After ransomware strikes, the organization will take many steps, but they will begin and end with recovery. At the beginning, you will need to answer: “Can we recover the affected data in time, or will we have to pay the ransom?” At the end, you will need to deliver. Therefore, the foundations begin with protecting your data. 

Since cyber criminals know the importance of your backups, they will target them for corruption or deletion. Therefore, not only do you need to protect the data, you need to protect your protection copies. There are four requirements for data protection in the age of ransomware:

  1. Reliable, resilient backups — You should target a 99+ percent successful backup rate. More importantly, the backups should be resilient and durable, so you can target a 99+ percent successful recovery rate. If your backups are not working, ransomware does not even need to corrupt or delete them. 
  2. Unmodifiable backups — Ransomware will try to corrupt or delete your backups. There should be no way for a process/server in your environment to directly access the backup storage — e.g. via NFS, SMB, S3 or local file protocols — because ransomware will exploit the link. Even “root only” accesses are a vulnerability because cyber criminals can gain root access to your systems.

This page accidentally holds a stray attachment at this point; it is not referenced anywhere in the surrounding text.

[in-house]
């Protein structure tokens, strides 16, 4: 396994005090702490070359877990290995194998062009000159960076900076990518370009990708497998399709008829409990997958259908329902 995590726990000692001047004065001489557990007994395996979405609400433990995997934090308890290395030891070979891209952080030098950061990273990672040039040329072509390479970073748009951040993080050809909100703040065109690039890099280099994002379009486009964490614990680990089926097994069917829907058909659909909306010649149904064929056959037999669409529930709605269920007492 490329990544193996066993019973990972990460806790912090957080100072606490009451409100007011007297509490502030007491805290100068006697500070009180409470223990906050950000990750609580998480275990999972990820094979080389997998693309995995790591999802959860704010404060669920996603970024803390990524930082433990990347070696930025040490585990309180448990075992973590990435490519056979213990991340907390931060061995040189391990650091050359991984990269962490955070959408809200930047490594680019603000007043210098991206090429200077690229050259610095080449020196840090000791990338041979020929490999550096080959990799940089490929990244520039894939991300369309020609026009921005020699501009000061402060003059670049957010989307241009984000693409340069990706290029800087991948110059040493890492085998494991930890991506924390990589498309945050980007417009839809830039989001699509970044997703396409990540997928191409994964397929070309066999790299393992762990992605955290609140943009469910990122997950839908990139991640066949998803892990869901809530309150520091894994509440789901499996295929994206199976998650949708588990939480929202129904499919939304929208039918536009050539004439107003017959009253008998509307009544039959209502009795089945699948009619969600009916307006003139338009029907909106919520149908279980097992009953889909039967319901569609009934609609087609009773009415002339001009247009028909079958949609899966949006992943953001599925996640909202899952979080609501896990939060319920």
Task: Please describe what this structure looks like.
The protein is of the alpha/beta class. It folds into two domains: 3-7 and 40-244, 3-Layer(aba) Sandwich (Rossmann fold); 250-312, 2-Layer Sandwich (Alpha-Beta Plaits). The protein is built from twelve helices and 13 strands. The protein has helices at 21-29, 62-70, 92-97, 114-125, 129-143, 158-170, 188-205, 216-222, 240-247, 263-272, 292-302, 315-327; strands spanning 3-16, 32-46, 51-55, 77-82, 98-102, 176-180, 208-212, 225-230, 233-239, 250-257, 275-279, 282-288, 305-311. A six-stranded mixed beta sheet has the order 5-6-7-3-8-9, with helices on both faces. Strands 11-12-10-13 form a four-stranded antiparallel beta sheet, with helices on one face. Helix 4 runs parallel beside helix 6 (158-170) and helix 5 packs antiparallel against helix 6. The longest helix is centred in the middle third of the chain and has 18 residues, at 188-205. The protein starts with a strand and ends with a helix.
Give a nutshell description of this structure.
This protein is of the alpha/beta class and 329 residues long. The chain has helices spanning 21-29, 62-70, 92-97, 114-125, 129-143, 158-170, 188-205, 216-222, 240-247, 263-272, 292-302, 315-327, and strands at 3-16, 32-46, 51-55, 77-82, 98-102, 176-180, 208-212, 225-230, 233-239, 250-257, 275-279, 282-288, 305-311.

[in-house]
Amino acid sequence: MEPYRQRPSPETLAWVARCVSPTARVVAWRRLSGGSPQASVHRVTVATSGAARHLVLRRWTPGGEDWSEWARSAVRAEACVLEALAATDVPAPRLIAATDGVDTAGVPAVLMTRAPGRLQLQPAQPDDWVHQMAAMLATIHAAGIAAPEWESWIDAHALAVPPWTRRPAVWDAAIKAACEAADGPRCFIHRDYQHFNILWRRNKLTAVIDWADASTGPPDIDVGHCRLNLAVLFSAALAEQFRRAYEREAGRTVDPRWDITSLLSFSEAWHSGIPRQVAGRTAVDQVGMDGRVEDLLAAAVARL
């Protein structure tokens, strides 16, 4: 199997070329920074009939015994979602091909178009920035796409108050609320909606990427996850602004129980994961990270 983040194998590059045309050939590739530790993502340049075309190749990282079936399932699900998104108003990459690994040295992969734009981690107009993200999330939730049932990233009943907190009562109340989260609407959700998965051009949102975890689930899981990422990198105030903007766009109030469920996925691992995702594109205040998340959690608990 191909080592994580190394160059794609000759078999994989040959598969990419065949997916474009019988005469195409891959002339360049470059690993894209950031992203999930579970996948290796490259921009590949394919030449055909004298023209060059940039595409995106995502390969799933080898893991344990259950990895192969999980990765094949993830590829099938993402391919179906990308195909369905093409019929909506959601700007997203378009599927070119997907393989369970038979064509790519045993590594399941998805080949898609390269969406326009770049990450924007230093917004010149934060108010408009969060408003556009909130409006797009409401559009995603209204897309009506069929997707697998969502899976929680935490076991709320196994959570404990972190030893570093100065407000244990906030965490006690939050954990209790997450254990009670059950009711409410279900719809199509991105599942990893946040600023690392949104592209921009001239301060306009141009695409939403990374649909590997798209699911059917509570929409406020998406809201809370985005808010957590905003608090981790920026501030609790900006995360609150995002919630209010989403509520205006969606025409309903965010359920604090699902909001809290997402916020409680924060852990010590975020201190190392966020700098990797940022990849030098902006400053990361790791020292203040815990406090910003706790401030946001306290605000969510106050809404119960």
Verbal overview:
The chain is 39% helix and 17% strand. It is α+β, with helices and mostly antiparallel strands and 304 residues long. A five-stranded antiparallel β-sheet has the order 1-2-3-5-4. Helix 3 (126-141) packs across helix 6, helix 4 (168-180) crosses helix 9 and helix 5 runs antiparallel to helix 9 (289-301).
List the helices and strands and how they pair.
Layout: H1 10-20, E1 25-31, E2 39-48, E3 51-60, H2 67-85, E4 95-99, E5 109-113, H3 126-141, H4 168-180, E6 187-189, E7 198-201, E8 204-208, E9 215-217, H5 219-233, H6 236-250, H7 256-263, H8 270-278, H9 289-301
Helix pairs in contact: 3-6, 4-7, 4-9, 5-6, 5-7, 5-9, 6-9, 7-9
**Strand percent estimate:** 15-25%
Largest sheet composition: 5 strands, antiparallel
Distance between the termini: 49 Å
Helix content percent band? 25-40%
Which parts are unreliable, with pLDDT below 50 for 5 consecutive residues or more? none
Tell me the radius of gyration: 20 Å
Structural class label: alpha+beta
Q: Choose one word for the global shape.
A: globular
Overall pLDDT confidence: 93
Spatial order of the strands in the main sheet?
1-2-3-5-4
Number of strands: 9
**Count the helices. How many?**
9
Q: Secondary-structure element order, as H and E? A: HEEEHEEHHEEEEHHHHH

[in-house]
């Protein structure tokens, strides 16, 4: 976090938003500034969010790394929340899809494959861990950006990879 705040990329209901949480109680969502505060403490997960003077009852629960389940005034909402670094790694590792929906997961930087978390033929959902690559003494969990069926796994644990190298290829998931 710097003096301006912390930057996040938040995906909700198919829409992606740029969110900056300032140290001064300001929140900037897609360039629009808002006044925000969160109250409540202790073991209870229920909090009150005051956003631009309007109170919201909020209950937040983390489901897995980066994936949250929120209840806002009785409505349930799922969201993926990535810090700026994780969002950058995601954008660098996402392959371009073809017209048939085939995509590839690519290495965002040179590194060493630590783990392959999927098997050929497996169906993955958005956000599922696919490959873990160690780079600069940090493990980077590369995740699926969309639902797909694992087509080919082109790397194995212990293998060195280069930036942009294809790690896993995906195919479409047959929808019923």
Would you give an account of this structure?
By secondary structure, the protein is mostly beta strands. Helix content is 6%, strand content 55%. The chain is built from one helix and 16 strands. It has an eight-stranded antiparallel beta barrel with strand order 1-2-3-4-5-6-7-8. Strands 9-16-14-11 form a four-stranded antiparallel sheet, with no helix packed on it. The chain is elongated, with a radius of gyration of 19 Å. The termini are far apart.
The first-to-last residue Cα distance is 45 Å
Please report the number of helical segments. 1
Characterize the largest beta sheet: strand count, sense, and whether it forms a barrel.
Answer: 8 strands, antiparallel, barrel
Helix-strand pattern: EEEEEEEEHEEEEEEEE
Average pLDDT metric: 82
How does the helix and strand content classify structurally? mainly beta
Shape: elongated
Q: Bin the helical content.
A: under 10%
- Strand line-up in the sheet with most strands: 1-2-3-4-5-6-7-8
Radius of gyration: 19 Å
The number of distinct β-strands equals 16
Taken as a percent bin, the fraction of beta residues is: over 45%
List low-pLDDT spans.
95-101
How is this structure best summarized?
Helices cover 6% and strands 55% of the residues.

3. Non-deletable backups — Ransomware will try to gain control of your backup software and delete all the backups. It can manually trigger deletes, reduce the retention period to force automatic deletions, and alter backup schedules so no new backups are created. Therefore, you need a system that will prevent backup deletion, even by an administrator, because administrator accounts can be compromised.